By: Mickayla Beckett
As human beings, we’re engineered to like food. Some of us even have favorites, though I never could decide on one myself. Food is something that unites people because we all need it, we all make it, and we all eat it. Naturally, with the high Irish immigrant population in the United States over the decades and the enduring attachment Americans have for Irish heritage, there are a number of Irish pubs and restaurants around. Of course, there is a distinct difference between authentic Irish pubs and Irish-themes pubs, which is important to consider when analyzing the impact and success of Irish pubs. According to “The Irish Pub Concept,” a website that specializes in supporting and increasing the number of authentic Irish pubs in the United States, authentic Irish pubs tend to be more successful than their inauthentic namesakes. The website contains an economic comparison showing higher profits with the authentic Irish pubs, even if they had less money initially put into them. It’s hard to find exact statistics for how many of each may be in the country, but this particular website gives a good idea on how to tell the difference between the two: the authentic Irish pub is much more likely to be open during the day for food and it is much more likely to have an environment that promotes gathering, socializing, and conversing when compared to the themed pubs.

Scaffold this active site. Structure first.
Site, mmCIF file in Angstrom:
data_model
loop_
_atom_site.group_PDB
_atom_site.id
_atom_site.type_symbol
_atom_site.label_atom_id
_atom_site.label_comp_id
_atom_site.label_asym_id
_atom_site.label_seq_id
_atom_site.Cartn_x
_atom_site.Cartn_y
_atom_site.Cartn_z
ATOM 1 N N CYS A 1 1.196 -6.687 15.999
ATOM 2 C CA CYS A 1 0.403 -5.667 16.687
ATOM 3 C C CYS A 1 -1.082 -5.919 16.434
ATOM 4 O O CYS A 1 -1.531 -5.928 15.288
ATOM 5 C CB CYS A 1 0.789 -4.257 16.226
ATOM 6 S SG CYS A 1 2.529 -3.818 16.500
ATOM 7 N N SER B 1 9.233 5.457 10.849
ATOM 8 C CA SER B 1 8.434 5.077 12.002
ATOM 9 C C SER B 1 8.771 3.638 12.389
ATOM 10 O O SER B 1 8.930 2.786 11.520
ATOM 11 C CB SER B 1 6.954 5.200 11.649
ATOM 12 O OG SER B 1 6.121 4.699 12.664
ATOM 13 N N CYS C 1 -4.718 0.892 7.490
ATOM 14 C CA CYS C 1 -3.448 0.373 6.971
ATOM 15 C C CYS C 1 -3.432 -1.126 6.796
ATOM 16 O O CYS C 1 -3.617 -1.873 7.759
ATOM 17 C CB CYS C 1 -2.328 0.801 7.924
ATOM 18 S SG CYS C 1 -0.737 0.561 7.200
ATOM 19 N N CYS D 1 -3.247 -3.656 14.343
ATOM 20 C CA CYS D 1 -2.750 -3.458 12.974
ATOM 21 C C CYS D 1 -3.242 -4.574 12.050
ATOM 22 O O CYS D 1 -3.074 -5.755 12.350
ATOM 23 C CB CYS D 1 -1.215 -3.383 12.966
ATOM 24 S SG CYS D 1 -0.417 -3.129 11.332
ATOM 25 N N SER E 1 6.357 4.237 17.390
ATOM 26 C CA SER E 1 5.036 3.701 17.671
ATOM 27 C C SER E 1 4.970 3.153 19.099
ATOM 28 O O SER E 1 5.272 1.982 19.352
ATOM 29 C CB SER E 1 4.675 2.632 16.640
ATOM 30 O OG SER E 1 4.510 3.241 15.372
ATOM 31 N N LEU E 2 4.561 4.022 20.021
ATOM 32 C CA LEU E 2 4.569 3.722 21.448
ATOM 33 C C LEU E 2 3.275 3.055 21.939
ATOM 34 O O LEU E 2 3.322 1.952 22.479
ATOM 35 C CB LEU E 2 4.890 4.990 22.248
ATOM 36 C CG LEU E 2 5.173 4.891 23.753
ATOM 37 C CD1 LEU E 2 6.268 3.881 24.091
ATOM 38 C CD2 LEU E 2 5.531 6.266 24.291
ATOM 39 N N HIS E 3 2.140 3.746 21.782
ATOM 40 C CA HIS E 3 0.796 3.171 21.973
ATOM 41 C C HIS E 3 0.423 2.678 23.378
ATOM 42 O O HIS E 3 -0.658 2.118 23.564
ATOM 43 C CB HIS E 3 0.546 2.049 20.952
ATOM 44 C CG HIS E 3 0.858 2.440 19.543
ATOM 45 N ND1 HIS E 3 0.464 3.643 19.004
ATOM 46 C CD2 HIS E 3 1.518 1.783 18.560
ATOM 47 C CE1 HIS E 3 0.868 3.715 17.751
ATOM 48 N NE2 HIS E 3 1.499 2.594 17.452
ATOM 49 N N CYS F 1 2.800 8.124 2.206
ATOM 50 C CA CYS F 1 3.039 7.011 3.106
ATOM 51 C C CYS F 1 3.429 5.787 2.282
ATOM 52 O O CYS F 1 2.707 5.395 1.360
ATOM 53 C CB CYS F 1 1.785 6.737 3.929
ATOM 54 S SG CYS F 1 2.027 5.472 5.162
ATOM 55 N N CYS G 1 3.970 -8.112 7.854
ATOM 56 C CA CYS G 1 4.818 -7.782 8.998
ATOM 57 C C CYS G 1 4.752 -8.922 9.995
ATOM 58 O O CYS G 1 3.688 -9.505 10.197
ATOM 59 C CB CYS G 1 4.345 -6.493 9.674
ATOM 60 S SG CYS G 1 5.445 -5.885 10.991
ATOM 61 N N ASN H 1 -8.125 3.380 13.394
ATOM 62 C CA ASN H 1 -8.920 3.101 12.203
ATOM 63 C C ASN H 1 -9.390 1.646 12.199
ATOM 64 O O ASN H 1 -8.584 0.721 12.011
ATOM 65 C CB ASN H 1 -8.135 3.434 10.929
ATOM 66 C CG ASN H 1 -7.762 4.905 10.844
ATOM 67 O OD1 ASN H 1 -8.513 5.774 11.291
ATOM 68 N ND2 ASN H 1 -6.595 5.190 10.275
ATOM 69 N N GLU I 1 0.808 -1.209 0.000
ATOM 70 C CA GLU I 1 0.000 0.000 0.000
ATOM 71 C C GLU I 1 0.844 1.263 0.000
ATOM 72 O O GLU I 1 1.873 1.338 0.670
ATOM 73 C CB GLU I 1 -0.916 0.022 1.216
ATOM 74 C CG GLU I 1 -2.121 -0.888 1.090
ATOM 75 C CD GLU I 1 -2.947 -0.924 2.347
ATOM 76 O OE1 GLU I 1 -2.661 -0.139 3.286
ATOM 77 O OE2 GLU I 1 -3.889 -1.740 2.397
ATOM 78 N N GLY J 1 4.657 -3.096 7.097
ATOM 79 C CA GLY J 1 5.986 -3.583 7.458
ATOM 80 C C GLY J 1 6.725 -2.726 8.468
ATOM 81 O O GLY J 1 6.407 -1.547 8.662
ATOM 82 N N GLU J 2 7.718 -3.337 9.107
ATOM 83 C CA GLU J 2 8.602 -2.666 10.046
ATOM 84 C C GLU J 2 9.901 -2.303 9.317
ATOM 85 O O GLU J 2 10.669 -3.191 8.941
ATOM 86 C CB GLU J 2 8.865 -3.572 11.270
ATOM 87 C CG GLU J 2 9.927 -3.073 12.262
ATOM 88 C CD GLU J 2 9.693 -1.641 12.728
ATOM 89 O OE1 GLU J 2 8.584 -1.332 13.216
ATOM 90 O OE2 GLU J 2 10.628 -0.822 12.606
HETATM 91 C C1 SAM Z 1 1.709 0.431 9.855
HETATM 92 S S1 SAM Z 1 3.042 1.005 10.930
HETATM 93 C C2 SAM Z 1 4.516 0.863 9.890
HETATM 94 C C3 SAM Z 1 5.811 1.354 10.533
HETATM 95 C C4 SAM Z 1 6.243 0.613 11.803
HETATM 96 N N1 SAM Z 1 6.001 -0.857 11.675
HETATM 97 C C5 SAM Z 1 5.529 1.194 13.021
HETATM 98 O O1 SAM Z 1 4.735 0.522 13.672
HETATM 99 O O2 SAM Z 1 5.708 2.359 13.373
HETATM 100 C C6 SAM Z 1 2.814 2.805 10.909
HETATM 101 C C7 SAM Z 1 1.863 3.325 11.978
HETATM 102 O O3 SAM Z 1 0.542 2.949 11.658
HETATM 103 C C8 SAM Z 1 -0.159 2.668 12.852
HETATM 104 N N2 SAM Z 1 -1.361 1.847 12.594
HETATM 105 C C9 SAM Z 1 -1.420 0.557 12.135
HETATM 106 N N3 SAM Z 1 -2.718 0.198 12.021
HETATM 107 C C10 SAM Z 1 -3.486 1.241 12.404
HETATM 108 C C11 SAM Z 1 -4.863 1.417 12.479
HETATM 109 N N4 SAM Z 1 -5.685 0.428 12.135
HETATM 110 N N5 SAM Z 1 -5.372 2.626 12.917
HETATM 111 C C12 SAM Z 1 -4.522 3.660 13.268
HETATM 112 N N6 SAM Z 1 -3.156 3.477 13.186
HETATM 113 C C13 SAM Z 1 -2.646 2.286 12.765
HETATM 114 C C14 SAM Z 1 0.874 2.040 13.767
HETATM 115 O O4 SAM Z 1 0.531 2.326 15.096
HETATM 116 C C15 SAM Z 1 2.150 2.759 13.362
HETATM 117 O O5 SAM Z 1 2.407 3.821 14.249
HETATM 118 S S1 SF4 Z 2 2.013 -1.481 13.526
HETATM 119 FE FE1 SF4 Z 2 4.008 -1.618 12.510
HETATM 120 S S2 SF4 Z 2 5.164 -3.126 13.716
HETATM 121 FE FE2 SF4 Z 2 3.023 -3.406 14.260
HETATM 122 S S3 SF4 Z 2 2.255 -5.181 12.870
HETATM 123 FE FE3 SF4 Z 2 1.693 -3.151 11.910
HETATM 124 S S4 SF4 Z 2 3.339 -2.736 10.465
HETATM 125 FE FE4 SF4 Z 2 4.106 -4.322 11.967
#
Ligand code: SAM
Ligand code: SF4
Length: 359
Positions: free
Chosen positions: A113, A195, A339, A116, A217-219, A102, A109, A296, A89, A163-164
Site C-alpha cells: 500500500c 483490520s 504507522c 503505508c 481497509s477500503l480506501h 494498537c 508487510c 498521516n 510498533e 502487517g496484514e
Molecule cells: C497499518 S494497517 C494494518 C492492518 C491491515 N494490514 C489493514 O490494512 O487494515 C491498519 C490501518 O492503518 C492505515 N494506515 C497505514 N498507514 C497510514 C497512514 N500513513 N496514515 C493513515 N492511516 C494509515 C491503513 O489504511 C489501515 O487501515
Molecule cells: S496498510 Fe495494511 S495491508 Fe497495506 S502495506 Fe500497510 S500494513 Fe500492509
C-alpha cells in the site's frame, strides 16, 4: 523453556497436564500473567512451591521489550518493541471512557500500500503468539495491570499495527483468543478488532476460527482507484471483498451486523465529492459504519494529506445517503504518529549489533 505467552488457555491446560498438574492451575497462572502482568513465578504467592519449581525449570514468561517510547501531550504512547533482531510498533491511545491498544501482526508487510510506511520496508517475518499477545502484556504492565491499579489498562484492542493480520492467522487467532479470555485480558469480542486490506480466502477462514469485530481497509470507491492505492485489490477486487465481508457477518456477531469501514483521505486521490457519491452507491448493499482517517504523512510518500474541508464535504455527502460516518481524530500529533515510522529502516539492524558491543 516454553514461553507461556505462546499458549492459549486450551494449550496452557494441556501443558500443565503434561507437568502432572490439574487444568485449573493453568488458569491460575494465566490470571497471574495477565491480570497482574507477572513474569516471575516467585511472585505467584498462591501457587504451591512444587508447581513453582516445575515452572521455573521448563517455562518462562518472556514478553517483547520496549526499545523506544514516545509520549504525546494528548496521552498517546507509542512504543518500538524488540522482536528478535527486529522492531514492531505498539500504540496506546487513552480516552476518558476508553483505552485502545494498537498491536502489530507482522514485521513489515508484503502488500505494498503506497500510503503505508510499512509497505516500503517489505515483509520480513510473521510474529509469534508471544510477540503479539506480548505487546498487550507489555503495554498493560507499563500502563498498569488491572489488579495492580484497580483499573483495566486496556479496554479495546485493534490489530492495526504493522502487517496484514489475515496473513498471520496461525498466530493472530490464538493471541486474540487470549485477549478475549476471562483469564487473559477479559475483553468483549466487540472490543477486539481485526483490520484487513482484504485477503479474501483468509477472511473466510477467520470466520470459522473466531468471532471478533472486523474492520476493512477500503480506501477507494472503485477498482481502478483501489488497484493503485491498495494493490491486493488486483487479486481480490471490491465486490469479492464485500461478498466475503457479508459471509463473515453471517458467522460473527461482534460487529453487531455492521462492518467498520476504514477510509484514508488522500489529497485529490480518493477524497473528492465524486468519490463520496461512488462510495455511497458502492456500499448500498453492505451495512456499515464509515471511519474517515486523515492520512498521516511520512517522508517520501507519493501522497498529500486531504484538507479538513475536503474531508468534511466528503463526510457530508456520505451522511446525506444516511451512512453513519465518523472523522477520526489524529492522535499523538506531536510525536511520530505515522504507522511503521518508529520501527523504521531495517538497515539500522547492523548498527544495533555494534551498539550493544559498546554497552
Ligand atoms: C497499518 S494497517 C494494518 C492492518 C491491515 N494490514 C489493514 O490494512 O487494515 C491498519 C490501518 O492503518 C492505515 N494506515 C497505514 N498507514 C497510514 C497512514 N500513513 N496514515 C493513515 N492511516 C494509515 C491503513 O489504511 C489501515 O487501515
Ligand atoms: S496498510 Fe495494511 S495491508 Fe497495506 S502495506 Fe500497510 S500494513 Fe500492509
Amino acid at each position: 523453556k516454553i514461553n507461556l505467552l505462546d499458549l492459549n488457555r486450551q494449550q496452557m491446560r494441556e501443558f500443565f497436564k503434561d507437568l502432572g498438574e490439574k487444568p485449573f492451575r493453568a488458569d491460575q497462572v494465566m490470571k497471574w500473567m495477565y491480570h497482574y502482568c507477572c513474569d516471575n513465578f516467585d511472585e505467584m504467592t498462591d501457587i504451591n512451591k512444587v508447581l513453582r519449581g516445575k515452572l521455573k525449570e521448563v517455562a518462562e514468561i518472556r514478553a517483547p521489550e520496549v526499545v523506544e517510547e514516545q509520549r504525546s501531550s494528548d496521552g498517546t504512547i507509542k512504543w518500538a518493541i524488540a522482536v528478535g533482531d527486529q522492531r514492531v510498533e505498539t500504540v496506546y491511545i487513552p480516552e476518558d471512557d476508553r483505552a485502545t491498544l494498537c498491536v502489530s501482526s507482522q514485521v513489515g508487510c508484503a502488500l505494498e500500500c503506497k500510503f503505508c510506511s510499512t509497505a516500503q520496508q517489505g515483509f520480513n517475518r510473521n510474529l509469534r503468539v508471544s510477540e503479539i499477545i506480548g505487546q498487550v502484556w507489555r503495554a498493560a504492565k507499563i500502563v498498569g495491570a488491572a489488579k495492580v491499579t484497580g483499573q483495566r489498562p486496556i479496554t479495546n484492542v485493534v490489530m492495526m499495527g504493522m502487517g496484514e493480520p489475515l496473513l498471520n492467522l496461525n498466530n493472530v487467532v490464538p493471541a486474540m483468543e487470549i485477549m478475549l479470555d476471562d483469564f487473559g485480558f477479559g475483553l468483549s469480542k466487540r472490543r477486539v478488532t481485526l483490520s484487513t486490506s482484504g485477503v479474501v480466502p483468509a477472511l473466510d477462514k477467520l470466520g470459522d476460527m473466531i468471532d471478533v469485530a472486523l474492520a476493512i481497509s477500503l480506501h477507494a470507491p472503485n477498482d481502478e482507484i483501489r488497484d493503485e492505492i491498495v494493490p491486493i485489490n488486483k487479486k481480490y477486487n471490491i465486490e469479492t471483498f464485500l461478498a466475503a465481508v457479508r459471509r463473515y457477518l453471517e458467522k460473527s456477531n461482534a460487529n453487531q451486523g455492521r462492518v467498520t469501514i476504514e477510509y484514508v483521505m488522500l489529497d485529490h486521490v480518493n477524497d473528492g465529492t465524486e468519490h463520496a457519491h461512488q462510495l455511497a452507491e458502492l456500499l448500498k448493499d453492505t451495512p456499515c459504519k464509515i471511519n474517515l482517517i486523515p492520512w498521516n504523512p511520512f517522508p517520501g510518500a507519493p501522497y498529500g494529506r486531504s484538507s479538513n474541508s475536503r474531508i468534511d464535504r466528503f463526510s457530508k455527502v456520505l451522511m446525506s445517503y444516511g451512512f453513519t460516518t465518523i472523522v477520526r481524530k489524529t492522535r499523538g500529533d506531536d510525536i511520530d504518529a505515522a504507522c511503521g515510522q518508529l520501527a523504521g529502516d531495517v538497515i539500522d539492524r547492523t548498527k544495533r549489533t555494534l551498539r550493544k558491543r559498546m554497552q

I live nearby one, Ryan’s Tavern, which is a restaurant founded by two second-generation Irish immigrants. This location was one of my first experiences with the concept of an Irish pub. Inside the menu and on their website, they have a section that explains that “pub” does not equal “bar,” but that “pub” is short for “public house” and referred to a community gathering place, most of which are family friendly. True to their description, Ryan’s Tavern is a cozy spot in the city that never fails to serve hot classics like shepherd’s pie as well as inspired items such as the Reuben and Fish and Chips. Although the traditional fare was limited, it did whet my appetite for more Irish cuisine.
Luckily, a yearly meeting for my mother’s work took her to Cary, North Carolina for a week and she asked me to go with her. With a free week’s vacation without babysitting, of course I agreed and that’s how I got to try Doherty’s Irish Pub. The founder of Doherty’s emigrated from County Galway in Ireland with the dream of opening a pub here—just like his grandfather had done in New York City in 1950 with Connolly’s Irish Pub. I learned while there that all the menu items were the founder’s personal recipes and that everything was made in the restaurant itself. Now I got the chance to try some true Irish fare. My mother had made corned beef and cabbage before, but there’s nothing quite like splitting a heaping bowl of the tender dish and another of bangers and mash for the first time. The “bangers” were certainly unlike any sausages I’d ever tried and I was much more enchanted with them than I was the Italian sausage we usually paired with potatoes at home. Our waitress that evening informed us that the sausages were specially made at the restaurant as well according to the founder’s recipe and that they were well liked by visiting family and locals alike. Like Ryan’s, the restaurant was a place that makes one feel comfortable and gives one the sense that Ireland would be a lovely place to visit, if only for a meal.